The shoes fit, but can I wear them?

The shoes fit, but can I wear them?

A while ago, I was browsing in the shoe section at TJ Maxx when a friend spotted me and came over to say hello. But before she offered a loving greeting, she exclaimed, “OMG, you’re NOT going to get those, are you?”

I was holding a pair of high heels. Eyes glazed over with lust, I said, “They’re so beautiful. Just look at them.”

“Yes. Beautiful,” replied my friend, as she gave me a hug. “And potentially dangerous.”

She knows my history of falling. I was knocked over by a couple of dogs several years ago while walking on the beach and got a compression fracture in my spine. A few years later, I stepped off the bottom tread of my stairs and went sailing through the air, ending up with more than two dozen stitches in my head and a mild concussion. A word of caution if you are in the boomer stage of life: It happened because I was looking through the bottom of my trifocals (they’re meant for close-up vision) and the bottom step was distorted.

Needless to say, I am terrified of falling. So I usually wear flats. But I can be swayed. Take the party I went to a few years back. The theme was a summer picnic, French bistro style. I decided to dress in my version of casual French – black Capri pants, a long-sleeved fitted dark purple T-shirt and black flats. Should have taken a selfie!

My 20-something daughter was living with us at the time and I was in the habit of running outfits by her before leaving the house. Each time, I knew I risked humiliation, but she has given me invaluable advice and claims to have saved me many times from public humiliation on a much grander scale. She nodded slowly as she sized up my outfit and then stopped cold when she hit my shoes. “Not flats, Mom, you should wear heels.”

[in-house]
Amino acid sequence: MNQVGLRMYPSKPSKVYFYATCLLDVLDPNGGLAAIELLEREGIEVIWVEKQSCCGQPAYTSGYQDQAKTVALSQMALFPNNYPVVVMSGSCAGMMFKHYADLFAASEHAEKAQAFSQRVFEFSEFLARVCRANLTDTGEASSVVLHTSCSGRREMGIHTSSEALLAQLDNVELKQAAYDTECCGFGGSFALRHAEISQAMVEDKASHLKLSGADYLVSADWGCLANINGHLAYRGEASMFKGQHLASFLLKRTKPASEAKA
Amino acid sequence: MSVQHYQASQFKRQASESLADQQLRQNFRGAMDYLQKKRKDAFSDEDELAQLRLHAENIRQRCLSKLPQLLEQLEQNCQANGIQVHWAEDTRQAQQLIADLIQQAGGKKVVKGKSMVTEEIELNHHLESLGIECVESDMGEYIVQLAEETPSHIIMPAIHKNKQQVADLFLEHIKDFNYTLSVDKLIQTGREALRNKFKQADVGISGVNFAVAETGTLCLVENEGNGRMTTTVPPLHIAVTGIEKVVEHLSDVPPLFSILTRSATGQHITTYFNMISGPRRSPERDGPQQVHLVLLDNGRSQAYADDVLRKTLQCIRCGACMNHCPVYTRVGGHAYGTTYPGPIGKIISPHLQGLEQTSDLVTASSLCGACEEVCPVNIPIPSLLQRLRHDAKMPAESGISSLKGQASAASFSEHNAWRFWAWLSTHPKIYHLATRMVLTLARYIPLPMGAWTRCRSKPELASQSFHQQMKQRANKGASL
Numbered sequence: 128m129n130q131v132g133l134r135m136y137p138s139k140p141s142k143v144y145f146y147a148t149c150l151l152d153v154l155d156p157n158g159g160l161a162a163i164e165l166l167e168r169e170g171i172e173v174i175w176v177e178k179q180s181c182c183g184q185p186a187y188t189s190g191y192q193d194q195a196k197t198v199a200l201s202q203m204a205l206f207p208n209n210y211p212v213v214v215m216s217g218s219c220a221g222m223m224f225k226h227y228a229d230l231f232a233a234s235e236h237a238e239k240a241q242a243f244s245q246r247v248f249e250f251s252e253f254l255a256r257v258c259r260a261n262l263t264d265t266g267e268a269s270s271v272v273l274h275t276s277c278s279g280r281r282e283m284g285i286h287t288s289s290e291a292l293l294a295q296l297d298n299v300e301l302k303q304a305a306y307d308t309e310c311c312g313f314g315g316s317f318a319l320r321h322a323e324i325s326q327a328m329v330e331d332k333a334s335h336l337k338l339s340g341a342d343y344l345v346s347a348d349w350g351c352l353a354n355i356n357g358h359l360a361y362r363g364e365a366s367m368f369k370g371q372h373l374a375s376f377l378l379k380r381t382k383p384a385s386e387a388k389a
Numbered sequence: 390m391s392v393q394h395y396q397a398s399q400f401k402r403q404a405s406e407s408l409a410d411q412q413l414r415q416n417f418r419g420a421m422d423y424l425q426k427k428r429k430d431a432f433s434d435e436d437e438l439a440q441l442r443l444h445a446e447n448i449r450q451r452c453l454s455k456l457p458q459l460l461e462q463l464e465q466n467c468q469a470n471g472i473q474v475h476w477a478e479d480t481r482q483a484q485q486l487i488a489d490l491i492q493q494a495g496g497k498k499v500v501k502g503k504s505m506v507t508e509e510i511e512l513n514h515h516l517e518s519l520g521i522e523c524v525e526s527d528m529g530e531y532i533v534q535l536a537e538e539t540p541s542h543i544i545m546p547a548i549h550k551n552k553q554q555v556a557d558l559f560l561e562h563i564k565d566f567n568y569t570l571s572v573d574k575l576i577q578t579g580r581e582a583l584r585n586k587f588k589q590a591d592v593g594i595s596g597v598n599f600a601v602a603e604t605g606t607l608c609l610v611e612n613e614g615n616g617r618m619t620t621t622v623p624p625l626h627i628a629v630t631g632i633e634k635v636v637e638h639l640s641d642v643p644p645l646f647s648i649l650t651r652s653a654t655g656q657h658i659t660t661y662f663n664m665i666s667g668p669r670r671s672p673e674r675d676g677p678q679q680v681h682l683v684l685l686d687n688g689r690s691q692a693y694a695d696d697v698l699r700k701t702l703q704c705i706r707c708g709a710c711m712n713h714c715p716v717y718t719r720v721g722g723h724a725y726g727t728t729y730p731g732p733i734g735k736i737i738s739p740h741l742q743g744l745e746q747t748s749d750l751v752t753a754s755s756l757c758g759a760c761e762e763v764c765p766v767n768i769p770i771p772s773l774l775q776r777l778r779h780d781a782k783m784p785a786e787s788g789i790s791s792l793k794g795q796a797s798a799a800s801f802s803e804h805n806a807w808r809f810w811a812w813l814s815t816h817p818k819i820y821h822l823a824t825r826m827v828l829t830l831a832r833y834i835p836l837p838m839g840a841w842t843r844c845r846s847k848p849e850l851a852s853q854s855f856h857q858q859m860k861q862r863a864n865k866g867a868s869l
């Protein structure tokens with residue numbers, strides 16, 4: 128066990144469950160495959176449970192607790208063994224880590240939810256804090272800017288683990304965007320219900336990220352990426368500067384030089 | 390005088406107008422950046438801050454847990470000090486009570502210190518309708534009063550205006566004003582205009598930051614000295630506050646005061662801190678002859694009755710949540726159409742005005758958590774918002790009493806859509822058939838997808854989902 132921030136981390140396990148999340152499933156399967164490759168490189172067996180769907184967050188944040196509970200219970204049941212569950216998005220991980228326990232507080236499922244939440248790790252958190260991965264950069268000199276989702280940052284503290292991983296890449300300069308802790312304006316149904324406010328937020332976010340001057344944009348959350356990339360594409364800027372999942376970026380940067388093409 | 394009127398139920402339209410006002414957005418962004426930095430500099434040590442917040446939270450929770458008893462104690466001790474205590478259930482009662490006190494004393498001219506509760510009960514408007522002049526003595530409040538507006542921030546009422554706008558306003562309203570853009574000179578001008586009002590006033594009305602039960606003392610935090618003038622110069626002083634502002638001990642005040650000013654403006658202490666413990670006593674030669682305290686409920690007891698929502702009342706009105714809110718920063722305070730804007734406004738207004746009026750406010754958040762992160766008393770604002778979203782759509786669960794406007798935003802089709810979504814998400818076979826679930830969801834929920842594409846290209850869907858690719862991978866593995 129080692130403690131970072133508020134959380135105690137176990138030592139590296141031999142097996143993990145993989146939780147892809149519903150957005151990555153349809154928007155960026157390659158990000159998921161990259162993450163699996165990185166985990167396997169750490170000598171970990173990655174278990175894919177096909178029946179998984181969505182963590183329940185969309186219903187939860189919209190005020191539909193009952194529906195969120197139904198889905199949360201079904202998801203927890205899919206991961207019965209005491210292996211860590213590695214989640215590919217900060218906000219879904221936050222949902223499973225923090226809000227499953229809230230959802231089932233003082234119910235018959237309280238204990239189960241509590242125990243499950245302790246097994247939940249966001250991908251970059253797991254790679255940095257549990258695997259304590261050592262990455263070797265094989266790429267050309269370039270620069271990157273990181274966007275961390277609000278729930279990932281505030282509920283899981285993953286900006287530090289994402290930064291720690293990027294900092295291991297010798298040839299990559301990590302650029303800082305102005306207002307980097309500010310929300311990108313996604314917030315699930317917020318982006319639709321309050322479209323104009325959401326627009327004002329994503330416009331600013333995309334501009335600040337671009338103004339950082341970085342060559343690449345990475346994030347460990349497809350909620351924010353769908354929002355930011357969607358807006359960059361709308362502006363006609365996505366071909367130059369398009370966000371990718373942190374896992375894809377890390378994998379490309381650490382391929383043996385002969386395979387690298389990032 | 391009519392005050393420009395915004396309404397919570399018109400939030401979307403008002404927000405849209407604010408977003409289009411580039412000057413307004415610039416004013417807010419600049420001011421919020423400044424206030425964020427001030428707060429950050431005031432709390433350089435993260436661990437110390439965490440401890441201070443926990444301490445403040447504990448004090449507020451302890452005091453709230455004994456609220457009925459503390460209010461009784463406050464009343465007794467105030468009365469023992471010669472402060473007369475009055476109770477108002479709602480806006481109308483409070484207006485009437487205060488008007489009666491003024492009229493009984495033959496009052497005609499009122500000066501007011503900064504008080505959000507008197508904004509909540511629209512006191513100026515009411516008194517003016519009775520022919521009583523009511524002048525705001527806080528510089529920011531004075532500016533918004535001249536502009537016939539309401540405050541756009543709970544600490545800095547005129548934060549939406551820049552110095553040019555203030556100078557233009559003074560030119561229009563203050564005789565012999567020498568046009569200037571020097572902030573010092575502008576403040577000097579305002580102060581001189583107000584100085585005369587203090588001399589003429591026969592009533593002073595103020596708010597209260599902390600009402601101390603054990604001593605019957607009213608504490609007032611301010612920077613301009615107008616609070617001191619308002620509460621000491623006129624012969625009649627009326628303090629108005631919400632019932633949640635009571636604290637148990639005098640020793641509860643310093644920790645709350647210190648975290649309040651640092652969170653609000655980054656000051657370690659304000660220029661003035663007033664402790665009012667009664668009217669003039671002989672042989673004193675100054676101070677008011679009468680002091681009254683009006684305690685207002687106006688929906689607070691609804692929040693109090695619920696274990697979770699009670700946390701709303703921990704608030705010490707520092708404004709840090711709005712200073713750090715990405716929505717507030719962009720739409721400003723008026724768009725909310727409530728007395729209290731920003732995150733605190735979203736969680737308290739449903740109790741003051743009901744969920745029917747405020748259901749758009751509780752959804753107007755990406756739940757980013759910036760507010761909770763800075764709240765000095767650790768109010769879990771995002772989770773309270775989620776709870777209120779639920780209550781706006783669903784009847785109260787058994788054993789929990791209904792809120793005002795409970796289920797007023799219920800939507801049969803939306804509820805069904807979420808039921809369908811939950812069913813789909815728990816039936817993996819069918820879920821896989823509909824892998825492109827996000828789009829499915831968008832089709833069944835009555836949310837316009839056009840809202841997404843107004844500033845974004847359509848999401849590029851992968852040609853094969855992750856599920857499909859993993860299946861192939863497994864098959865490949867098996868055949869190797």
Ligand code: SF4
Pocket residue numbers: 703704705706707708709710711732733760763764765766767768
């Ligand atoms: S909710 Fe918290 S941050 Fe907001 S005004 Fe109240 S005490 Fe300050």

I told her I don’t wear heels anymore. Flats are safer. She said, “Mom, you were walking barefoot on the beach and wearing sneakers on the stairs. It’s not the shoes you should be worrying about. Try these on.”

She handed me her pair of canvas heels from L.L. Bean, which looked great with the outfit and were a perfect fit.

I wasn’t convinced – felt shaky and unsure – but I practiced walking in them. Down the stairs I went (NOT headfirst!) slowly and carefully. I asked my husband if he thought I should wear the heels. He didn’t say yes or no – such a diplomat. Instead, he suggested I bring the flats just in case. I stuffed them into my purse and strutted out the front door. In a good way. Not pompously, but proudly. I paid attention to how I walked, which actually improved my posture. I felt stronger, straighter, younger. OK, yes, I admit it, I felt younger.

On the way to the party, I found myself reminiscing about high heels I had loved. There was the pair of rust-colored high-heeled ankle boots I bought in the 1980s. I saw them and just had to have them. The word impractical never even entered my mind. All I saw was “hot!” Then there was the pair of red stilettos that matched my fabulous red dress with the cap sleeves and wide belt. When I wore that dress and those shoes, I thought I owned the universe. And I remember sprinting across a field in my black patent-leather, sling-back pumps with a microphone in my outstretched hand trying to catch someone I wanted to interview. Never occurred to me to take off the heels. I still have them, only these days it never occurs to me to put them on. But on this particular night, I threw all caution to the wind and went to a party wearing high heels and didn’t even trip.

Good food, good wine, good people, and a good time for both my husband and me. When we walked back to our car, I was grateful that it was just around the corner and that the crosswalk was paved with bricks instead of cobblestones. I slid into the passenger seat and, because the shoes were feeling tight by then, took them off and propped my feet up on the dashboard. We cranked up the radio and all the way home my feet and I danced with joy.

The next time I saw my friend, I told her that I had dared to wear high heels again and survived. No scolding, just a hug and off we trotted off in our flats to enjoy a good meal, a tall glass of wine and a sinful dessert. Now that’s what I call dangerous!

These days, Diane Atwood’s shoe collection consists mostly of flats. Photo by Diane Atwood

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